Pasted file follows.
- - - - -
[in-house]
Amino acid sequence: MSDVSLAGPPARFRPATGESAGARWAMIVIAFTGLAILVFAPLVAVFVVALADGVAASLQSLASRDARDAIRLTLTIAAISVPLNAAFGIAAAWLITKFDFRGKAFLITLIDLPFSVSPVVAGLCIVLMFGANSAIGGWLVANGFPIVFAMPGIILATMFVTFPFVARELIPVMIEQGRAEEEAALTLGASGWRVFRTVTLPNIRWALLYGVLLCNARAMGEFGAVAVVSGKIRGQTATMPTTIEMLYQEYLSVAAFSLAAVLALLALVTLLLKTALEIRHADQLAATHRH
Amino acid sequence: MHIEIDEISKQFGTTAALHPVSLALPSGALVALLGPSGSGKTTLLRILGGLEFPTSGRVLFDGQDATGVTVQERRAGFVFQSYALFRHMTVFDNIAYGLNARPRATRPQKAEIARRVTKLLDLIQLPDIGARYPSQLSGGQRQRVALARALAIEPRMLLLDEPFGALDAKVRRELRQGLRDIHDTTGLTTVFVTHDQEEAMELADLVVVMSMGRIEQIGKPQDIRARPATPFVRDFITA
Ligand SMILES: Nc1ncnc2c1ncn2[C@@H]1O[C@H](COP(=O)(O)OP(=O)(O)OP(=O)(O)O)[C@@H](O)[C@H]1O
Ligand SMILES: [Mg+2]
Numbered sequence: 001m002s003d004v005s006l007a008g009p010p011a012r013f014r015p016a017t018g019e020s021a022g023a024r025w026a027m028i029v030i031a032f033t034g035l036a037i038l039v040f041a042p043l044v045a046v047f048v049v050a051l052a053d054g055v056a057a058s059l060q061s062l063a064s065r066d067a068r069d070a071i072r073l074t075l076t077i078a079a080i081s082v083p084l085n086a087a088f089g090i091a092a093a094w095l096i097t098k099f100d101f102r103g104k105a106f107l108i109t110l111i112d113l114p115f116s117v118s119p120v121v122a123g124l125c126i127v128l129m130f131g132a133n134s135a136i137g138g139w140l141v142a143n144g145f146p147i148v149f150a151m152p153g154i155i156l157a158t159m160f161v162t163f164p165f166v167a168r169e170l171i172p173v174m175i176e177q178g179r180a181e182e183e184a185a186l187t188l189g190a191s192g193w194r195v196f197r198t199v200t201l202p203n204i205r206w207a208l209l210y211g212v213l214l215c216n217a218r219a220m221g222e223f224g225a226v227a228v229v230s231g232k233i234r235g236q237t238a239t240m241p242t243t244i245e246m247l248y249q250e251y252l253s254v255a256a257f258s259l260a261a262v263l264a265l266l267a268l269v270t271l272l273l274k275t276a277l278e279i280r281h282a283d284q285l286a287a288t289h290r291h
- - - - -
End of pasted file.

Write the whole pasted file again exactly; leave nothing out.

[in-house]
Amino acid sequence: MSDVSLAGPPARFRPATGESAGARWAMIVIAFTGLAILVFAPLVAVFVVALADGVAASLQSLASRDARDAIRLTLTIAAISVPLNAAFGIAAAWLITKFDFRGKAFLITLIDLPFSVSPVVAGLCIVLMFGANSAIGGWLVANGFPIVFAMPGIILATMFVTFPFVARELIPVMIEQGRAEEEAALTLGASGWRVFRTVTLPNIRWALLYGVLLCNARAMGEFGAVAVVSGKIRGQTATMPTTIEMLYQEYLSVAAFSLAAVLALLALVTLLLKTALEIRHADQLAATHRH
Amino acid sequence: MHIEIDEISKQFGTTAALHPVSLALPSGALVALLGPSGSGKTTLLRILGGLEFPTSGRVLFDGQDATGVTVQERRAGFVFQSYALFRHMTVFDNIAYGLNARPRATRPQKAEIARRVTKLLDLIQLPDIGARYPSQLSGGQRQRVALARALAIEPRMLLLDEPFGALDAKVRRELRQGLRDIHDTTGLTTVFVTHDQEEAMELADLVVVMSMGRIEQIGKPQDIRARPATPFVRDFITA
Ligand SMILES: Nc1ncnc2c1ncn2[C@@H]1O[C@H](COP(=O)(O)OP(=O)(O)OP(=O)(O)O)[C@@H](O)[C@H]1O
Ligand SMILES: [Mg+2]
Numbered sequence: 001m002s003d004v005s006l007a008g009p010p011a012r013f014r015p016a017t018g019e020s021a022g023a024r025w026a027m028i029v030i031a032f033t034g035l036a037i038l039v040f041a042p043l044v045a046v047f048v049v050a051l052a053d054g055v056a057a058s059l060q061s062l063a064s065r066d067a068r069d070a071i072r073l074t075l076t077i078a079a080i081s082v083p084l085n086a087a088f089g090i091a092a093a094w095l096i097t098k099f100d101f102r103g104k105a106f107l108i109t110l111i112d113l114p115f116s117v118s119p120v121v122a123g124l125c126i127v128l129m130f131g132a133n134s135a136i137g138g139w140l141v142a143n144g145f146p147i148v149f150a151m152p153g154i155i156l157a158t159m160f161v162t163f164p165f166v167a168r169e170l171i172p173v174m175i176e177q178g179r180a181e182e183e184a185a186l187t188l189g190a191s192g193w194r195v196f197r198t199v200t201l202p203n204i205r206w207a208l209l210y211g212v213l214l215c216n217a218r219a220m221g222e223f224g225a226v227a228v229v230s231g232k233i234r235g236q237t238a239t240m241p242t243t244i245e246m247l248y249q250e251y252l253s254v255a256a257f258s259l260a261a262v263l264a265l266l267a268l269v270t271l272l273l274k275t276a277l278e279i280r281h282a283d284q285l286a287a288t289h290r291h